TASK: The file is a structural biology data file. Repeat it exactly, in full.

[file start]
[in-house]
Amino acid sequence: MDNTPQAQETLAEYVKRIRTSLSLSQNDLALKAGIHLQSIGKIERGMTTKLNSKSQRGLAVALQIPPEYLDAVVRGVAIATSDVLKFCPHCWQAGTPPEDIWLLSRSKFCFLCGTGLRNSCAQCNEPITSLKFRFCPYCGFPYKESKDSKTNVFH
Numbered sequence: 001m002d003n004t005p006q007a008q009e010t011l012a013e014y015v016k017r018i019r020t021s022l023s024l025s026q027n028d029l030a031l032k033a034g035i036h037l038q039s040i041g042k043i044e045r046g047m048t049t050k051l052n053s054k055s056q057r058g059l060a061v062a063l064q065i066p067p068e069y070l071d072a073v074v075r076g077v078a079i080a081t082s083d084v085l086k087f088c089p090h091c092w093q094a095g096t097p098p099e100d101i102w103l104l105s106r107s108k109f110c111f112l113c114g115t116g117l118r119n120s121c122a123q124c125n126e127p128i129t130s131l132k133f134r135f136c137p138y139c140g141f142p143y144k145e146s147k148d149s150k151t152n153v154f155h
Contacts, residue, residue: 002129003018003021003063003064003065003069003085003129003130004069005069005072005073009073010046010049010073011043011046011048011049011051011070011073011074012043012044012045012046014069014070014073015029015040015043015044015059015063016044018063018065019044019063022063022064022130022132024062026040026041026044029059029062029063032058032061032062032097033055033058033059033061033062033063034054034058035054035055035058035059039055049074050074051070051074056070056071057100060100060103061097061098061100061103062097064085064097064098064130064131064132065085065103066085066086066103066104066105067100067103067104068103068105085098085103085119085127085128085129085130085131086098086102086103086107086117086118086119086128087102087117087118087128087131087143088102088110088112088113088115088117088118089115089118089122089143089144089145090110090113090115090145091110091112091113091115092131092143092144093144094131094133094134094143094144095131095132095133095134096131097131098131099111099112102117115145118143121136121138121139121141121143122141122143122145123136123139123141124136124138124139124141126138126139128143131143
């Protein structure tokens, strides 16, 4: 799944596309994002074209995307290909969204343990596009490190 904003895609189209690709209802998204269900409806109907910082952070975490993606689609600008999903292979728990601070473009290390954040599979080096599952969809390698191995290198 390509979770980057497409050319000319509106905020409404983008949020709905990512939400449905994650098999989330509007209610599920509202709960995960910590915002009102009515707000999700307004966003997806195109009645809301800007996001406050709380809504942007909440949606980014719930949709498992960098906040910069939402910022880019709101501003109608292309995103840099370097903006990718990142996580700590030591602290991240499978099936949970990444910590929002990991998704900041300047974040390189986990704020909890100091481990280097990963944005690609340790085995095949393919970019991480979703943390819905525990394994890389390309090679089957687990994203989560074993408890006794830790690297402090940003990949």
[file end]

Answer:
[in-house]
Amino acid sequence: MDNTPQAQETLAEYVKRIRTSLSLSQNDLALKAGIHLQSIGKIERGMTTKLNSKSQRGLAVALQIPPEYLDAVVRGVAIATSDVLKFCPHCWQAGTPPEDIWLLSRSKFCFLCGTGLRNSCAQCNEPITSLKFRFCPYCGFPYKESKDSKTNVFH
Numbered sequence: 001m002d003n004t005p006q007a008q009e010t011l012a013e014y015v016k017r018i019r020t021s022l023s024l025s026q027n028d029l030a031l032k033a034g035i036h037l038q039s040i041g042k043i044e045r046g047m048t049t050k051l052n053s054k055s056q057r058g059l060a061v062a063l064q065i066p067p068e069y070l071d072a073v074v075r076g077v078a079i080a081t082s083d084v085l086k087f088c089p090h091c092w093q094a095g096t097p098p099e100d101i102w103l104l105s106r107s108k109f110c111f112l113c114g115t116g117l118r119n120s121c122a123q124c125n126e127p128i129t130s131l132k133f134r135f136c137p138y139c140g141f142p143y144k145e146s147k148d149s150k151t152n153v154f155h
Contacts, residue, residue: 002129003018003021003063003064003065003069003085003129003130004069005069005072005073009073010046010049010073011043011046011048011049011051011070011073011074012043012044012045012046014069014070014073015029015040015043015044015059015063016044018063018065019044019063022063022064022130022132024062026040026041026044029059029062029063032058032061032062032097033055033058033059033061033062033063034054034058035054035055035058035059039055049074050074051070051074056070056071057100060100060103061097061098061100061103062097064085064097064098064130064131064132065085065103066085066086066103066104066105067100067103067104068103068105085098085103085119085127085128085129085130085131086098086102086103086107086117086118086119086128087102087117087118087128087131087143088102088110088112088113088115088117088118089115089118089122089143089144089145090110090113090115090145091110091112091113091115092131092143092144093144094131094133094134094143094144095131095132095133095134096131097131098131099111099112102117115145118143121136121138121139121141121143122141122143122145123136123139123141124136124138124139124141126138126139128143131143
């Protein structure tokens, strides 16, 4: 799944596309994002074209995307290909969204343990596009490190 904003895609189209690709209802998204269900409806109907910082952070975490993606689609600008999903292979728990601070473009290390954040599979080096599952969809390698191995290198 390509979770980057497409050319000319509106905020409404983008949020709905990512939400449905994650098999989330509007209610599920509202709960995960910590915002009102009515707000999700307004966003997806195109009645809301800007996001406050709380809504942007909440949606980014719930949709498992960098906040910069939402910022880019709101501003109608292309995103840099370097903006990718990142996580700590030591602290991240499978099936949970990444910590929002990991998704900041300047974040390189986990704020909890100091481990280097990963944005690609340790085995095949393919970019991480979703943390819905525990394994890389390309090679089957687990994203989560074993408890006794830790690297402090940003990949």